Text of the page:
Aw, Snap. I bought the wrong shares!

Aw, Snap. I bought the wrong shares!
February 9, 2017

Shares in a little known US start-up have almost doubled in value, seemingly because traders thought they were buying into the firm behind Snapchat.


Snap said last week it planned to raise $3bn in a stock market listing, though no date was set.


Since then, over-eager investors appear to have been getting ahead of themselves, buying into an unrelated company called Snap Interactive.


The mobile dating app maker's shares have surged 95% in the past week.


How are they different?


Snap Interactive is a software company based in New York, valued at around $54m (£43m).


Specialising in real time video communication, its brands include Camfrog, and it claims to have helped "hundreds of millions of users around the world make meaningful friendships and romantic connections".


Snap Inc is based in San Francisco, and after its planned flotation could be worth as much as $25bn.

That would be one of the biggest technology listings in years and make founder Evan Spiegel, who set up the firm in 2011 when he was 26 years old, even richer.


Snap's Snapchat app lets users exchange videos and pictures and is particularly popular with people aged 13 to 24. But it also wants to branch out and now describes itself as "a camera company". It has launched glasses with a camera in them.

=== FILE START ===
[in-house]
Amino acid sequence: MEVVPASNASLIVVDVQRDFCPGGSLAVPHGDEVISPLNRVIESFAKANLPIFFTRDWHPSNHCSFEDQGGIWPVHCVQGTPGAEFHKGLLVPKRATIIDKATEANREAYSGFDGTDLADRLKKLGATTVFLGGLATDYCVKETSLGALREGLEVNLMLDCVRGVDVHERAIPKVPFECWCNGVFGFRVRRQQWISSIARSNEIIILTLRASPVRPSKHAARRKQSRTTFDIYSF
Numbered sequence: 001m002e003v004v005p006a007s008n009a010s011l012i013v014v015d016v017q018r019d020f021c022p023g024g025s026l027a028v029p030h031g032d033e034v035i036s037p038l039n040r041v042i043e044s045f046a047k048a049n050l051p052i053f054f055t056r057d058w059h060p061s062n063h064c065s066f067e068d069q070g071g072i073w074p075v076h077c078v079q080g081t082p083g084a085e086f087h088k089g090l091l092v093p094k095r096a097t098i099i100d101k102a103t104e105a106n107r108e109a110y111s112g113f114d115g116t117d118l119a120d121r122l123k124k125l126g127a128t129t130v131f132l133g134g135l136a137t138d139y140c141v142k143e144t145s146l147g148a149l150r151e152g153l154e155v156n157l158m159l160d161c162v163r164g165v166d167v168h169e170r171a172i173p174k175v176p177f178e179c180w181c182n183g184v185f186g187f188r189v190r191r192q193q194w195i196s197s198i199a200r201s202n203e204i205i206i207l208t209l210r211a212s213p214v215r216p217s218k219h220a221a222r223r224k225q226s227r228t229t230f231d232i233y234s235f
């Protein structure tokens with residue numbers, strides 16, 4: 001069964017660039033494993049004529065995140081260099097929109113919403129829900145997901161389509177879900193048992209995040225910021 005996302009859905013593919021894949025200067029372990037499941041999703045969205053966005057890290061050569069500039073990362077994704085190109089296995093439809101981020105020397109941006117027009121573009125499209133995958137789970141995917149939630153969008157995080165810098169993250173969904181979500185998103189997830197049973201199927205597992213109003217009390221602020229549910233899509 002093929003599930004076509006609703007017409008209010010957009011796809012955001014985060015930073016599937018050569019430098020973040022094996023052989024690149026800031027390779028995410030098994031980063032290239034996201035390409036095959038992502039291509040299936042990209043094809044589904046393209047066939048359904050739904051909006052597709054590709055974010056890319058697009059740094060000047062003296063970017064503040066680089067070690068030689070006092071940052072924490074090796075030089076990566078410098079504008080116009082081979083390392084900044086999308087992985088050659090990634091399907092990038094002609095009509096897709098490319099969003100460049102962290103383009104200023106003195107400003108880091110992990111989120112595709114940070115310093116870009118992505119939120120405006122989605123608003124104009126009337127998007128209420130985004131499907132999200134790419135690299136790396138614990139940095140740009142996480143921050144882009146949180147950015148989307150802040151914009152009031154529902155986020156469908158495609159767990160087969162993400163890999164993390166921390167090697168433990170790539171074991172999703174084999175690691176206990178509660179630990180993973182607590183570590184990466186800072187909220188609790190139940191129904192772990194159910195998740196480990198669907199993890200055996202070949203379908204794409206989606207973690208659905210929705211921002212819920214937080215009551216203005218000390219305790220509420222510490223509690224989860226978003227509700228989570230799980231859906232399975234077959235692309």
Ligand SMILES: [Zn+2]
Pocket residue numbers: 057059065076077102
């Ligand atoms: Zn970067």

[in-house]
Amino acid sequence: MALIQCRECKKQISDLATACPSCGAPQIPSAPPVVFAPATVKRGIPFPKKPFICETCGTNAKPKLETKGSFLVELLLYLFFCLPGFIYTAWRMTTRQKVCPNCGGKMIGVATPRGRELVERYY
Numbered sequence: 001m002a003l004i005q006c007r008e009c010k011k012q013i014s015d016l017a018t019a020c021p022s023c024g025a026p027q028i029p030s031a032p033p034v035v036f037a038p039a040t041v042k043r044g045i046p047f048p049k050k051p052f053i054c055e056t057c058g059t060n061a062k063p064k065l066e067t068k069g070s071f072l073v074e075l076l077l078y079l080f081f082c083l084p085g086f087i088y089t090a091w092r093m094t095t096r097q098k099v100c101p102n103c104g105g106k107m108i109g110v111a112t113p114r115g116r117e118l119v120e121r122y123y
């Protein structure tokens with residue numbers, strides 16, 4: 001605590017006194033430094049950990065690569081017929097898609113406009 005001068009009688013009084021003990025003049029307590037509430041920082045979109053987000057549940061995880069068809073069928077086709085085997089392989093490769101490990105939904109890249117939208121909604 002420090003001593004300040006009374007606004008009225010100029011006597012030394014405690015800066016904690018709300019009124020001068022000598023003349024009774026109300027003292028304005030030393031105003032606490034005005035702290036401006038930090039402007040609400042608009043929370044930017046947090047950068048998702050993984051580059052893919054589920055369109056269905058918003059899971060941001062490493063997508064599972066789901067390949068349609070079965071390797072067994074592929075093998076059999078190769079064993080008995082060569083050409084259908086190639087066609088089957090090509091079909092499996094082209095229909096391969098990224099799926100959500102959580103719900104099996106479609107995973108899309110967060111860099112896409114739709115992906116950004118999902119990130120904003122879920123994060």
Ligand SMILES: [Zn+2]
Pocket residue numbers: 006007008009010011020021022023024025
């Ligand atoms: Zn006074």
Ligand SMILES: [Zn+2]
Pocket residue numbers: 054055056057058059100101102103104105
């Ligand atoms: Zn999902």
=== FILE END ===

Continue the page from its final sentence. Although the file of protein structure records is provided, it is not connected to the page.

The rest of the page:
Both firms are loss-making.


Not the first time


Investors have mistaken little-known companies for more famous ones before, and a similarity in name is usually the cause.


Stocks in Tweeter Home Entertainment Group soared more than 500% as excitement ran high about a share sale at the instant messaging app Twitter in 2013.


A year later, Facebook's $2bn deal to buy virtual reality headset maker, Oculus VR, sent shares in Oculus VisionTech surging more than 150%.


"To err is human, but to buy shares without checking what you are buying can be a costly mistake", said David Kuo, chief executive of the Motley Fool Singapore.


"Investing should never be about shooting first and asking questions later. Ask all the necessary questions and ask them again before you pull the trigger."

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